Lycopodium lagopus (One-cone Clubmoss)
|Also known as:
|part shade, shade, sun; moist to dry sandy or rocky soil; forest edges and openings, grassy fields, bog and swamp edges
|July - October
|4 to 10 inches
|Wetland Indicator Status:
|GP: none MW: FAC NCNE: FACU
|MN county distribution (click map to enlarge):
|National distribution (click map to enlarge):
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Leaves and stems:
Leaves are evergreen, crowded and alternate but spirally arranged with 12 to 20 evenly spaced leaves in a cycle, appearing as 12 to 20 columns when viewed from the side of the stem (12 to 20-ranked), and round in cross-section (like a bottle brush). Leaves are appressed to ascending, less than ¼ inch (3 to 5 mm) long, to .7 mm wide, medium green, toothless, linear with a white, hair-like extension at the tip that is half or more as long as the blade. The hair-like tip may shed but usually persists.
Stems are horizontal, running above ground or just below the surface of the duff layer, but not underground. At fairly regular intervals, erect shoots emerge, each with 2 or 3 erect to ascending branches, the main branches sometimes with a few lateral branches. Each year's new growth is marked by a distinct constriction where the annual bud grew, typically with a whorl of smaller leaves at that point. Horizontal stems can reach 9 feet long and the erect shoots up to 10 inches tall.
Spores develop in spike-like or cone-like structures called strobili, usually single at the tip of a long stalk and ¾ to 2+ inches long. Occasionally 2 strobili are at the tip, each stalkless or nearly so. The cluster stalk is up to 5 inches long with appressed, scale-like leaves spiraling up at regular intervals, the scales also with hair-like extensions at the tip.
Each tiny spore sac is attached to a scale (sporophyll) that is less than 1/8 inch (to 2.5mm) long, triangular to tear-drop shaped and tapering to a slender, sharply pointed tip with a hair-like extension. Scales are initially light green and tightly appressed, turning yellowish as they mature and light brown when dry, then become more spreading to release the spores in late summer into fall. The strobili persist through winter.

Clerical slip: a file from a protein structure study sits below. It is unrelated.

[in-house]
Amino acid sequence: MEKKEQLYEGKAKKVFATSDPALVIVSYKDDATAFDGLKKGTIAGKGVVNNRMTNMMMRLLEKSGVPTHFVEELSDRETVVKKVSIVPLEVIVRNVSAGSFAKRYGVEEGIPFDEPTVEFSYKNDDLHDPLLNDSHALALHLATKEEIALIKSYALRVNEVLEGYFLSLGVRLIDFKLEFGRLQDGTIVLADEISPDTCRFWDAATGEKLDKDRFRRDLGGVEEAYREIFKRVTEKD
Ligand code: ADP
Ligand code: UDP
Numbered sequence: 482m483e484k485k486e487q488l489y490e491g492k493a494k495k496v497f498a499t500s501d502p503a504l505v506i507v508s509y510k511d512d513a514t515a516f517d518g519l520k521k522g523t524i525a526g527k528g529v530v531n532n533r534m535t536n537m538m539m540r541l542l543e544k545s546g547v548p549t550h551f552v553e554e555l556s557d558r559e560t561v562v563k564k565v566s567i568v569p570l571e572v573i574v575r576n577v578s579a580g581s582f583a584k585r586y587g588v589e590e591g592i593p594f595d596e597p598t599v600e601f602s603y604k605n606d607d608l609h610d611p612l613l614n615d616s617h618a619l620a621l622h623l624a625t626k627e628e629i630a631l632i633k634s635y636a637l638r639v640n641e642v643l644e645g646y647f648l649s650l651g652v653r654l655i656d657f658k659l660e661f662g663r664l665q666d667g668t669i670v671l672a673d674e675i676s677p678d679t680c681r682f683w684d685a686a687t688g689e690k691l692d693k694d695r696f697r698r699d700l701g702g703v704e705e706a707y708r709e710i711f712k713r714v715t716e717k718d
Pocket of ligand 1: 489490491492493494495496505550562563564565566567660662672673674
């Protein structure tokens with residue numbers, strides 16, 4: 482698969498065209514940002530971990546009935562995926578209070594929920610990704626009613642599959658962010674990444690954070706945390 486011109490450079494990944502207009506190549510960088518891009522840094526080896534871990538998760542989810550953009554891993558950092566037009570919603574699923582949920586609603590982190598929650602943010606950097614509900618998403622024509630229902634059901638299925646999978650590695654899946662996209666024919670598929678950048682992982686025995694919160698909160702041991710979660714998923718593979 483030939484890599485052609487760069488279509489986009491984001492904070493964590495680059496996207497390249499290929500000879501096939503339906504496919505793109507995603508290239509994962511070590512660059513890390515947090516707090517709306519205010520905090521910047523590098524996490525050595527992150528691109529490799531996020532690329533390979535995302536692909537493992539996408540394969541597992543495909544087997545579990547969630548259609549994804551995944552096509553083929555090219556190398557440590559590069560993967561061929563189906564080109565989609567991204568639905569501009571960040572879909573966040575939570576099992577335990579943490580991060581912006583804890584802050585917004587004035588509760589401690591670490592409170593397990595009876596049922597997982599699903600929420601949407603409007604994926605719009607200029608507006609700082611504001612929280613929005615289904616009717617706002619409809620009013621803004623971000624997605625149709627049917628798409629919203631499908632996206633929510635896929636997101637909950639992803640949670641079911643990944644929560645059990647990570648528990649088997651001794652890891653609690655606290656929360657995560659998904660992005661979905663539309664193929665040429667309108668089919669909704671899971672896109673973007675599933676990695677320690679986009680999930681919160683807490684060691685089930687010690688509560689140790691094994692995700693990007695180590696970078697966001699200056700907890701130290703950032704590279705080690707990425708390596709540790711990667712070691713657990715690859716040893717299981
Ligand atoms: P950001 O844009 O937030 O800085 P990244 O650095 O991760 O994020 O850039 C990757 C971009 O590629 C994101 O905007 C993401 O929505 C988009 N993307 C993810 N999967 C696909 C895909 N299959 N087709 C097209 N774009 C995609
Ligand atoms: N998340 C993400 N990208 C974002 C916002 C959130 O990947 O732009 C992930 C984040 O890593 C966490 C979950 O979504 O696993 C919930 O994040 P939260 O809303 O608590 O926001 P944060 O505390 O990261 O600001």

One-cone Clubmoss is occasional to common in Minnesota's forests north of the Metro area. It is one of two Minnesota clubmoss species still in the Lycopodium genus, which many references have now split into several genera and we have followed suit. Distinguishing characteristics of the new groups are: whether spores develop in cone-like strobili or in leaf (or leaf-like) axils, whether strobili are stalked or stalkless, whether horizontal stems are above or below ground, whether branching on erect shoots is tree-like or not, the number of leaves in a spiral cycle, whether leaves are scale-like or not and whether they have a hair-like tip. The Lycopodium species all have stalked strobili, above ground horizontal stems, leaves that are not scale-like, are 12 to 20-ranked and have a hair-like tip. One-cone Clubmoss also has strobili usually single (occasionally 2) at the tip of the stalk, erect shoots have 2 to 3 erect to ascending branches. The above ground stems, branching of the erect shoots, and leaves that are appressed to ascending and have a hair-like tip can help identify it even when strobili are not present.
The other Lycopodium species in Minnesota, Running Clubmoss (Lycopodium clavatum) usually has 2 or more strobili and each cone is also stalked, leaves tend to be more ascending to spreading than appressed, and branches tend to be more numerous and less erect. The differences can be subtle, however, especially considering L. lagopus and L. clavatum were once considered the same species. Compare with other clubmosses with cone-like strobili: Spinulum species have stalkless strobili and leaves 8 to 10-ranked, Dendrolycopodium have stalkless strobili and tree-like branching, and Diphasiastrum have stalked strobili but scale-like leaves, and none of these have the hair-like extensions on leaf or scale tips. While several different clubmoss species may grow side by side, hybridization is not common.
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- One-cone Clubmoss plants
- One-cone Clubmoss plants
- a mat of One-cone Clubmoss
- One-cone Clubmoss habitat
- scan of plant
- hair-like tips on leaves
- comparison of Lycopodium clavatum and L. lagopus strobili
Photos courtesy Peter M. Dziuk taken in Cook and Lake counties.
Have you seen this plant in Minnesota, or have any other comments about it?